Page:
Page 9 of 9 FirstFirst ... 56789
Results 81 to 86 of 86

Thread: Info on scan fail systems

  1. #81
    Join Date
    Oct 2009
    Location
    sweden
    Posts
    116

    Default

    can i place a lens on the output of my spectra physics 168
    to get a higher divergence?

    for us who donīt like silicone

  2. #82
    Join Date
    Oct 2009
    Location
    sweden
    Posts
    116

    Default

    i mean can i put the lens before the scanners instead of after the scanners
    is there any product (lenses) to recomend?

  3. #83
    Join Date
    Oct 2009
    Location
    sweden
    Posts
    116

    Default

    what about this?
    http://www.dragonlasers.com/product....cat=285&page=1

    feels strange to combine a spectra physics with some laser pointer thingy

  4. #84
    Join Date
    Nov 2010
    Location
    Ilchester Somerset UK
    Posts
    58

    Default

    Hi everyone,
    Is this thread still live?
    I have a few ideas for practical circuits that I can share.
    Thanks, Si Bond.

  5. #85
    Join Date
    Mar 2007
    Location
    Rotorua New Zealand
    Posts
    528

    Default

    Hi
    I'm always interested in good ideas
    Thanks
    Ray

  6. #86
    Join Date
    Jan 2006
    Location
    Charleston, SC
    Posts
    2,147,488,801

    Cool Hooray for grave digging!

    Wow - this *is* an old thread!

    Sometime after this thread died down I started a project with Mo (Daedal) to build a digital scan-fail device based around the Arduino. The idea was to store the X/Y coordinates (sampled from the position feedback signal on the amp) in a large array and then compare the current value to the last 500 values in the array. If you got a hit, it tripped the scan-fail for 1 second - which would crowbar all the modulation lines to ground. (Why 500 values? Because that worked out to no more than 6 pulses per second in the same location, which made the MPE math easier.)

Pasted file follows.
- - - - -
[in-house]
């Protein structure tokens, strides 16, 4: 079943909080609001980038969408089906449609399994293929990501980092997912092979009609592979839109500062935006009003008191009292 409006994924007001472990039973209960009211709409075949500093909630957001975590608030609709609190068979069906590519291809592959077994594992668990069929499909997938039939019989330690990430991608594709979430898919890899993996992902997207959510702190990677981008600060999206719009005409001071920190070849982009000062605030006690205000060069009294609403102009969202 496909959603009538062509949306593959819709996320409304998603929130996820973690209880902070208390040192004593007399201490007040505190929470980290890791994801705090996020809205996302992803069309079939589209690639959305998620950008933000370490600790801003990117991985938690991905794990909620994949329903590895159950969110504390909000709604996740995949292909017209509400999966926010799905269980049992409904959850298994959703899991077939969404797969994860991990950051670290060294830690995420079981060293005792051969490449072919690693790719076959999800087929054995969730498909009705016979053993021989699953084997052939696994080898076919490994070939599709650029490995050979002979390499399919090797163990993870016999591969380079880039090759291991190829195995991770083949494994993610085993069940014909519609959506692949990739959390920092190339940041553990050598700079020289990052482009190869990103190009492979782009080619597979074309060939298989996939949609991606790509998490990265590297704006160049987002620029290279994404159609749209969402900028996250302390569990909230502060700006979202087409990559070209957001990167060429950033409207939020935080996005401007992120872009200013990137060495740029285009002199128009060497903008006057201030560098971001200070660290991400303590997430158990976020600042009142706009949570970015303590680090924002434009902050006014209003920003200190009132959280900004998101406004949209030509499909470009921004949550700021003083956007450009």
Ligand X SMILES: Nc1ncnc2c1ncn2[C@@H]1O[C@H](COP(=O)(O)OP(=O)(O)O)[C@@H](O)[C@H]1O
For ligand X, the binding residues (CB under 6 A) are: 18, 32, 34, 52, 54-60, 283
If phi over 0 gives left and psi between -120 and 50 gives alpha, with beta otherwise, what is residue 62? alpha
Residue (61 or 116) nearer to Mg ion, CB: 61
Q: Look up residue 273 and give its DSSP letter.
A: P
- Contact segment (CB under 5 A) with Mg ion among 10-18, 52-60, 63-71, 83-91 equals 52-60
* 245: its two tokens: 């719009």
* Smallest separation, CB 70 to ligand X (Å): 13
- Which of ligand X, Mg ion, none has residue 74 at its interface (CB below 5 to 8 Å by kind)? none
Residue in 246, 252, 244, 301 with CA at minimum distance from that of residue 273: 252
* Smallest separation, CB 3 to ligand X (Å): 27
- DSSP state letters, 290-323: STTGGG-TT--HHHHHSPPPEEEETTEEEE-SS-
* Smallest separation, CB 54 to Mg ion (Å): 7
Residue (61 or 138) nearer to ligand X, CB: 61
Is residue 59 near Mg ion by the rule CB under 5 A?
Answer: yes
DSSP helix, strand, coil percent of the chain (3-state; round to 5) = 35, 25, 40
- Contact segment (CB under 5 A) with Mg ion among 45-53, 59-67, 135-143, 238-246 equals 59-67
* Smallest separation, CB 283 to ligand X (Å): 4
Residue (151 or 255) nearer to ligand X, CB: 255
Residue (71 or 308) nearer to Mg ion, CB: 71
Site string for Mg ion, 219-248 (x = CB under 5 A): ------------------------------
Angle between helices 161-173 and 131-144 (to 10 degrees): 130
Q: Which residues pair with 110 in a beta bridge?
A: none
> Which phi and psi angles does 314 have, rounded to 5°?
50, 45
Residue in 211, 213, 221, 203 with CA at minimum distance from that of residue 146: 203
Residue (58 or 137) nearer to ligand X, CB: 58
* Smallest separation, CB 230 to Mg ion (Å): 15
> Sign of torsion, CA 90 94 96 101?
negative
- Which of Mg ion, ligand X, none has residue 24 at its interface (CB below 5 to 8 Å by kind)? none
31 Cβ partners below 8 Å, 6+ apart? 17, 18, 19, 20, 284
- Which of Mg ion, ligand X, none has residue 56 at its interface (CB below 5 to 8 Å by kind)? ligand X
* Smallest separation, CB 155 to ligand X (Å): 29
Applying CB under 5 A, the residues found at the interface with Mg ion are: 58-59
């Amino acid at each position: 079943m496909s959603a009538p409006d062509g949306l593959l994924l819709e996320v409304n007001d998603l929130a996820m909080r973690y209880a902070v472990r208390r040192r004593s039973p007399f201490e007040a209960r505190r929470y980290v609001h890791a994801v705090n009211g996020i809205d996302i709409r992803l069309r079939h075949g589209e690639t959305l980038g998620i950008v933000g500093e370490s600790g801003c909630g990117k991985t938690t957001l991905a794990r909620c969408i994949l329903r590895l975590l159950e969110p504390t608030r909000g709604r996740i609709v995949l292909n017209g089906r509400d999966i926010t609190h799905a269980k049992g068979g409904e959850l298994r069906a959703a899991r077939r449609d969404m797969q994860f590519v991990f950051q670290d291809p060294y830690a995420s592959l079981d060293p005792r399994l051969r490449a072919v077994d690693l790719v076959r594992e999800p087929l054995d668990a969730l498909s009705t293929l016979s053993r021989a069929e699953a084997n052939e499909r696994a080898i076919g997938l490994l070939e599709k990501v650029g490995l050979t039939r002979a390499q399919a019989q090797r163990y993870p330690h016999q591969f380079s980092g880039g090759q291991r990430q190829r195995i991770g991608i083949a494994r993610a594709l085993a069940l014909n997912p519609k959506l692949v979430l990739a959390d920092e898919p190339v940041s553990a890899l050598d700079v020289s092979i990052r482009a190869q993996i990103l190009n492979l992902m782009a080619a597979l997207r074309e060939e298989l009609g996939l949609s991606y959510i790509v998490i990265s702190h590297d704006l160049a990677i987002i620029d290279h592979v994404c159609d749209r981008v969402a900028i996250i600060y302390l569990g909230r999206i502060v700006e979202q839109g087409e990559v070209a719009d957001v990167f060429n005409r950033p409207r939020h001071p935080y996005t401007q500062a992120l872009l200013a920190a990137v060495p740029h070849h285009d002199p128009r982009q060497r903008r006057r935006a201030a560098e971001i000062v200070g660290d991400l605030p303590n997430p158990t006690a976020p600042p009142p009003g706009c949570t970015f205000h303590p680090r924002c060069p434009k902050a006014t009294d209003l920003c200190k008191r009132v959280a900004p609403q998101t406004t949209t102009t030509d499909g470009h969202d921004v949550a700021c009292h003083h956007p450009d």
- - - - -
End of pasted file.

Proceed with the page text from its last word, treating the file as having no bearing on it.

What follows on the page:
We weren't sure if it would be a hobbyist product or a commercial product at the time, so we just banged away at it to see what we could accomplish. Very quickly we discovered that the Arduino wasn't fast enough, so we switched to a different processor (forget exactly which one, but I'm thinking it was the Beagleboard). Note that this was well before the Raspberry Pi was released. Mo finally got the code working at 10-bit resolution, which seemed OK at the time, but we soon ran into lots of other problems.

    Truthfully, the concept was fraught with conceptual errors, compromises, and performance issues from the very beginning, and in the end it would not have been robust enough to guarantee safety, so we abandoned it. Spoke with Casey Stack about the effort sometime later (after I had completed my LSO course) and he said that lots of people who design scan-fail systems try the digital approach at some point, but they usually drop it in favor of an all-analog one because they're more reliable. Tellingly, the gold standard for audience-scanning scan-fail systems (PASS) is all-analog.

    The idea of scan-fail is pretty simple. But implementing it in a truly fail-safe manner is more complicated than you might imagine. You've got to account for some really edge-case scenarios (including highly unlikely things like a single-rail failure on a dual-rail power supply!), and in the end I would always be worried about the liability issue if I were designing a commercial product.

    All that being said, if the PL community wanted to collectively work on something that was open-source, I think that would be cool. And so long as there is a disclaimer that it comes with no guarantees as to performance, I think it would be fine for hobbyist use. If a company decided to use it commercially - well, that puts the legal onus on them.

    Adam

Posting Permissions

  • You may not post new threads
  • You may not post replies
  • You may not post attachments
  • You may not edit your posts
  •